A story with a clear structure has a coherence that satisfies the audience. The events and characters are linked in a way that makes sense, and the resolution of the conflict feels earned. This coherence makes the story feel like a complete and satisfying experience.
It helps the writer to stay on track.
A clear story structure can also help the writer to stay on track. It provides a roadmap for the story and helps the writer avoid getting lost in the details. This can be particularly helpful when working on longer fiction pieces, such as novels, where it is easy to lose sight of the overall narrative.
Elements of Story Structure
There are several elements of story structure that writers should be familiar with:
The Beginning: This is where the story sets up the conflict and introduces the characters.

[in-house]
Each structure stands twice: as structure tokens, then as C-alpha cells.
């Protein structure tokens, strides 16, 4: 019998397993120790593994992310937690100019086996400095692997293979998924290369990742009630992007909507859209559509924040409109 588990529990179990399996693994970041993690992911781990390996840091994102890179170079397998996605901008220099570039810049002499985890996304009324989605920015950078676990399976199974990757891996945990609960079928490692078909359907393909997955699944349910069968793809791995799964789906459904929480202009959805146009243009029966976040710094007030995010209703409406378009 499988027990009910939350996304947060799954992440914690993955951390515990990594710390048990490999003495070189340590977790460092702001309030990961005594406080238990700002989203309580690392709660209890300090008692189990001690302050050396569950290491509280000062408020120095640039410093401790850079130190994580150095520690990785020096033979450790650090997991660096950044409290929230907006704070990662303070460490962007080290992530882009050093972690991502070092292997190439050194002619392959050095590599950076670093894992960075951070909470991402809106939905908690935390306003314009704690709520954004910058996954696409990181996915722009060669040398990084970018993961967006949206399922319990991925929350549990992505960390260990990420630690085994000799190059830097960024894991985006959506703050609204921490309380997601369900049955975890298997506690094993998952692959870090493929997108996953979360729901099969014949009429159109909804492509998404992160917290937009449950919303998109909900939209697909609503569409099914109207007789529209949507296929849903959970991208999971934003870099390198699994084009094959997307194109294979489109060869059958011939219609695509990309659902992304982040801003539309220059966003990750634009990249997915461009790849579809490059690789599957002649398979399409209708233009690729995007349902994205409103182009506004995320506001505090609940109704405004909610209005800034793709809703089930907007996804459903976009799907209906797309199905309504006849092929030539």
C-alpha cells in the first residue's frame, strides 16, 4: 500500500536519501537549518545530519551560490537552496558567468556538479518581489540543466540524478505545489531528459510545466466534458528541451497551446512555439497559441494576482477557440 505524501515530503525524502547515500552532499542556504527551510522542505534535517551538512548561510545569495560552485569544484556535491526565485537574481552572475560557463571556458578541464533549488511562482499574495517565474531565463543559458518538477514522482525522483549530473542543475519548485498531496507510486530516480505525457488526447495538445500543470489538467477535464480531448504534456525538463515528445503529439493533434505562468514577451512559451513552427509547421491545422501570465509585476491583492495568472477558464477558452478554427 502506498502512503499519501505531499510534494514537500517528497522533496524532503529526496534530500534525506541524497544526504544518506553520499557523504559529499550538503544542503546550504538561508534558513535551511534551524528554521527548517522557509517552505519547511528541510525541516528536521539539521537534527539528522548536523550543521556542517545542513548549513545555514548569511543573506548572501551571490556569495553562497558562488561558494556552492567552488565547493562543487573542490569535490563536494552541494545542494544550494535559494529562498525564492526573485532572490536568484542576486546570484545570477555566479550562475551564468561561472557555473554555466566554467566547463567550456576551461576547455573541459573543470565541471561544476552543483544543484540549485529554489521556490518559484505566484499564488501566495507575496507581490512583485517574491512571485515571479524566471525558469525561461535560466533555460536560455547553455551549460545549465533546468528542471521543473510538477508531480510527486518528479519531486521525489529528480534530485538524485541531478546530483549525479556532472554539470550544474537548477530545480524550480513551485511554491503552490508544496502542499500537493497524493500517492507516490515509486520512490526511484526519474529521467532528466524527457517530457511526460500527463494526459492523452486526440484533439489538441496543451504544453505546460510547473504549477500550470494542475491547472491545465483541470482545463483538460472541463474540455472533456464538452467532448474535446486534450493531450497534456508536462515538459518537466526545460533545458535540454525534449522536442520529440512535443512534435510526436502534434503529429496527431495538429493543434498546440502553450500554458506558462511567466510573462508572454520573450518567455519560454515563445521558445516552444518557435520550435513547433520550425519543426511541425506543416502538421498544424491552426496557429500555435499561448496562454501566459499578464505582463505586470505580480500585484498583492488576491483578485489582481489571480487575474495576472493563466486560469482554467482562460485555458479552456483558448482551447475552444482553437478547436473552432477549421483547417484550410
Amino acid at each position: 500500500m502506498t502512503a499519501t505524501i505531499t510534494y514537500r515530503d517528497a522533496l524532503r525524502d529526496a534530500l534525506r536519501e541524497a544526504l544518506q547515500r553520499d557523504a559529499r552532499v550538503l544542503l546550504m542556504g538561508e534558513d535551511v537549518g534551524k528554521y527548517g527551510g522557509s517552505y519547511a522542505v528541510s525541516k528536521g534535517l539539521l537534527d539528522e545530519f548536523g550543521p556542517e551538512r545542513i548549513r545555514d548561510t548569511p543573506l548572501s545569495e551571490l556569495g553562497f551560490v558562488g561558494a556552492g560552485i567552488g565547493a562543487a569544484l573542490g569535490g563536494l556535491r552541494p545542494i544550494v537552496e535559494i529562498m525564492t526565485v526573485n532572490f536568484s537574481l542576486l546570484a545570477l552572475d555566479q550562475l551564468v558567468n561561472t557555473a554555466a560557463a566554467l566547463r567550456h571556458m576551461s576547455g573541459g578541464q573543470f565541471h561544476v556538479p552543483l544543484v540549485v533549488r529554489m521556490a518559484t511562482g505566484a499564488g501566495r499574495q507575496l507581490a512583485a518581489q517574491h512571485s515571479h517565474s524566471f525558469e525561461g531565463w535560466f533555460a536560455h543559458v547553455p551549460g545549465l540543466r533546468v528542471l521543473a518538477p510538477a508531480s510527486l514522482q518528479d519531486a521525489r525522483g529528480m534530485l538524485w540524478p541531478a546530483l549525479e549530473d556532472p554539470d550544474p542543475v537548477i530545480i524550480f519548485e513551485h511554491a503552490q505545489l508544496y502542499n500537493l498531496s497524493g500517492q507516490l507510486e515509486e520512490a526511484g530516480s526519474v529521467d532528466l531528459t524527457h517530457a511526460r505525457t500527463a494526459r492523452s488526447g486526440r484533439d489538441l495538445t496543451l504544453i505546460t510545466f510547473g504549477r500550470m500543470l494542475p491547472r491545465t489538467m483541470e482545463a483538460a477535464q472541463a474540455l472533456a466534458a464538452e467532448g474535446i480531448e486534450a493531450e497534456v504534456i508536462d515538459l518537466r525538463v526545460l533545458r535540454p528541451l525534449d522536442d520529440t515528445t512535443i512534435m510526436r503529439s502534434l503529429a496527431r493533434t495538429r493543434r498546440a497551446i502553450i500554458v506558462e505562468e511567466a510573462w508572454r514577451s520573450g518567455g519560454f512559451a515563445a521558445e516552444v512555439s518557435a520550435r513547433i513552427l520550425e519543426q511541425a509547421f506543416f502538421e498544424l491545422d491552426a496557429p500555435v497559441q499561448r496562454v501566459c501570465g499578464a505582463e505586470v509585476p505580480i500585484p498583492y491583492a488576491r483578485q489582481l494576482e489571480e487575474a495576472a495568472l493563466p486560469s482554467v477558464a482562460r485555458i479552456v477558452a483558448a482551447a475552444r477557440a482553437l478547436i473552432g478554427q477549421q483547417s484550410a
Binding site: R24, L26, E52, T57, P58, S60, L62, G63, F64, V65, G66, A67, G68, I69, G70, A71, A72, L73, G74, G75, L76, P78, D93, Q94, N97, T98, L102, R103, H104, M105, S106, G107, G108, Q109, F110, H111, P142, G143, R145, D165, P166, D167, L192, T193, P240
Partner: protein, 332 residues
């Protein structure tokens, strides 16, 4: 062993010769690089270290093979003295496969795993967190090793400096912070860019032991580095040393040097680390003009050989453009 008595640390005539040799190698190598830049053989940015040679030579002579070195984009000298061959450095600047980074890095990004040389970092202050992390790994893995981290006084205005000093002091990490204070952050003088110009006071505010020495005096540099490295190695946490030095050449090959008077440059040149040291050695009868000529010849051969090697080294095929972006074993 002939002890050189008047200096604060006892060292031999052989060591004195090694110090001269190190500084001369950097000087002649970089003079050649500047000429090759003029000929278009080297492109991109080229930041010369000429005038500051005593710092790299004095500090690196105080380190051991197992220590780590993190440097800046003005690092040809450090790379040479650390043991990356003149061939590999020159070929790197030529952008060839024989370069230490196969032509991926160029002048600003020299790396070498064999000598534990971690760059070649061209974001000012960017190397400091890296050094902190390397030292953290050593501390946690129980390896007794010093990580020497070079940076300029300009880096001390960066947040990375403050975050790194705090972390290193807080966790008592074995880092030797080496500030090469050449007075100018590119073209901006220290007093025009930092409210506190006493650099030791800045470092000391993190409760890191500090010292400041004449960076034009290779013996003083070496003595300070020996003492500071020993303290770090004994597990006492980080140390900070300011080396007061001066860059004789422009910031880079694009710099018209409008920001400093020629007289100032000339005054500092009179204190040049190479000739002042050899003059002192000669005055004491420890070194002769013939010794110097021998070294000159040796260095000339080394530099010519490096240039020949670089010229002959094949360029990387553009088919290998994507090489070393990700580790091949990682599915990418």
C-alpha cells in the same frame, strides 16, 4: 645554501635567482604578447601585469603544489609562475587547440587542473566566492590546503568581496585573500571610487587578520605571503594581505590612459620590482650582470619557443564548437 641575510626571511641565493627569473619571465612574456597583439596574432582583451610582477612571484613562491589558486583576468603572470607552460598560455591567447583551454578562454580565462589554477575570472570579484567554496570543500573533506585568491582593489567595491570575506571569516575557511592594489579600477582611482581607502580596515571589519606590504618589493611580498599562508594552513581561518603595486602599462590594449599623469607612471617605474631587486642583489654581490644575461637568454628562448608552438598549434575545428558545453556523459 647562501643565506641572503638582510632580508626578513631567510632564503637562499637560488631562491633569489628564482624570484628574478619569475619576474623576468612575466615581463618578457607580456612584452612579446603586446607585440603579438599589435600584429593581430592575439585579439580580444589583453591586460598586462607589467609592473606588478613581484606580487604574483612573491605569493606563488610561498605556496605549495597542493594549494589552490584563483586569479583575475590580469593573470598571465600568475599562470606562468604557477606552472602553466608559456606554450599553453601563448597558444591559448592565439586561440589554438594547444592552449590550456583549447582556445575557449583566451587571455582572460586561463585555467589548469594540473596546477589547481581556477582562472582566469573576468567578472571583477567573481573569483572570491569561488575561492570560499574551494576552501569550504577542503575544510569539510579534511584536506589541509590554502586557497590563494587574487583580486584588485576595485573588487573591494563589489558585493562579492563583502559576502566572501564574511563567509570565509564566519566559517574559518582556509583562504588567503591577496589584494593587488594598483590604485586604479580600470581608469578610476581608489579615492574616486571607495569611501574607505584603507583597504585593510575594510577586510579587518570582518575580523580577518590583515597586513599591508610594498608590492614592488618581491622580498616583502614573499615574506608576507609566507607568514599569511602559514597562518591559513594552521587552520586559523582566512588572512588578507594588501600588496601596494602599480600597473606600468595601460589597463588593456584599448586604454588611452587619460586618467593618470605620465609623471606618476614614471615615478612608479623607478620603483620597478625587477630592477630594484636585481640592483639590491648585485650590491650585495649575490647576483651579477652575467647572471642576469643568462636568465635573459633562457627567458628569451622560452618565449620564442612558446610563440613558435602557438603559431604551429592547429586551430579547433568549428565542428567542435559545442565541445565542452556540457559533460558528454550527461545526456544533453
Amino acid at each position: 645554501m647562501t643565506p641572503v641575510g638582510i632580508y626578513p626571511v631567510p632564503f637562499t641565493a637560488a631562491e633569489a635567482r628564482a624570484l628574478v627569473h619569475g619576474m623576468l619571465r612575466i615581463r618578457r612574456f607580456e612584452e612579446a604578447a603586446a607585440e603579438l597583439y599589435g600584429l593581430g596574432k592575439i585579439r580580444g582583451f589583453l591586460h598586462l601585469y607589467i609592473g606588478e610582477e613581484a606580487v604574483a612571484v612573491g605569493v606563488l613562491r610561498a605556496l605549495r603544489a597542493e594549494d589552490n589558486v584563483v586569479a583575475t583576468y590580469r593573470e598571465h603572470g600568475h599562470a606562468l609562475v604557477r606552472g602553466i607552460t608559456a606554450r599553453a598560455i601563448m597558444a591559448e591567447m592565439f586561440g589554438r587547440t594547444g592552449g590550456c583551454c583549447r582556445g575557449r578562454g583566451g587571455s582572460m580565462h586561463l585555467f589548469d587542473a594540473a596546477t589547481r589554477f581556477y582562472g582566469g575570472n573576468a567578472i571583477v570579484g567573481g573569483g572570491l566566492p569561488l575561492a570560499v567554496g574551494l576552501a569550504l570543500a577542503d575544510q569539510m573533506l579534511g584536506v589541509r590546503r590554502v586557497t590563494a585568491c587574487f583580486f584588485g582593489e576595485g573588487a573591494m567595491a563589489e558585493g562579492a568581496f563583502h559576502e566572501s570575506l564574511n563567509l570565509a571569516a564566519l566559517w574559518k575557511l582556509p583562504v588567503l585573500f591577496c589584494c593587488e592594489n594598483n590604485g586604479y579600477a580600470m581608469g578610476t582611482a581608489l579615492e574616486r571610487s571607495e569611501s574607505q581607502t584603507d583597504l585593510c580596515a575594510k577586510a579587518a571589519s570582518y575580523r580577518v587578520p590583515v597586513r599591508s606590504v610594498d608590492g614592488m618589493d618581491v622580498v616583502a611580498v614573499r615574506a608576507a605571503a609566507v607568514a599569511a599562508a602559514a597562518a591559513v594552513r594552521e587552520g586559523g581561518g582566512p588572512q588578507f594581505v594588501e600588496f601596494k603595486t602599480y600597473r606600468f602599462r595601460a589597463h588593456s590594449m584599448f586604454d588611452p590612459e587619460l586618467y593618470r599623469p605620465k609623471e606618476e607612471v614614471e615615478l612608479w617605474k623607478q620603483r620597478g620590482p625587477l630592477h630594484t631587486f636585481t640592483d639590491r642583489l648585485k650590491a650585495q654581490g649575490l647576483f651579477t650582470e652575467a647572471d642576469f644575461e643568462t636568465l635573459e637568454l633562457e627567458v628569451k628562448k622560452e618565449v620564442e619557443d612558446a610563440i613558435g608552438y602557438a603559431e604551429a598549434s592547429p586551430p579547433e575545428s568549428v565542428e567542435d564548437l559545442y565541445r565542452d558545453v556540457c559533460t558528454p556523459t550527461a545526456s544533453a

The Middle: This is where the story develops the conflict, and the characters face obstacles and challenges.
The Climax: This is the high point of the story, where the conflict is resolved.
The End: This is where the story wraps up, and the characters are changed by their experiences.
In addition to these elements, many stories have subplots and secondary conflicts that add depth and complexity to the narrative.
In conclusion, the importance of story structure cannot be overstated. A well-structured story is engaging, easy to follow, and satisfying for the audience. It also helps the writer to stay on track and avoid getting lost in the details. By mastering the elements of story structure, writers can create stories that captivate their audience and leave a lasting impression.
I am predisposed to structure in almost everything.
When I first started writing (Matt’s War — read about it here), I had no idea how traditional story structure worked. I knew there were three Acts, but frankly, I had no idea what each Act consisted of, how to transition between the Acts or how much of the story was made up by each Act.
I had finished Matts’s War’s first draft when I learned how all successful movies and books are structured.
Now I need to be clear, all stories and movies that follow a good structure aren’t successful. The story needs to be good and the characters compelling. But a good story with compelling characters but poorly structured won’t resonate with readers or viewers.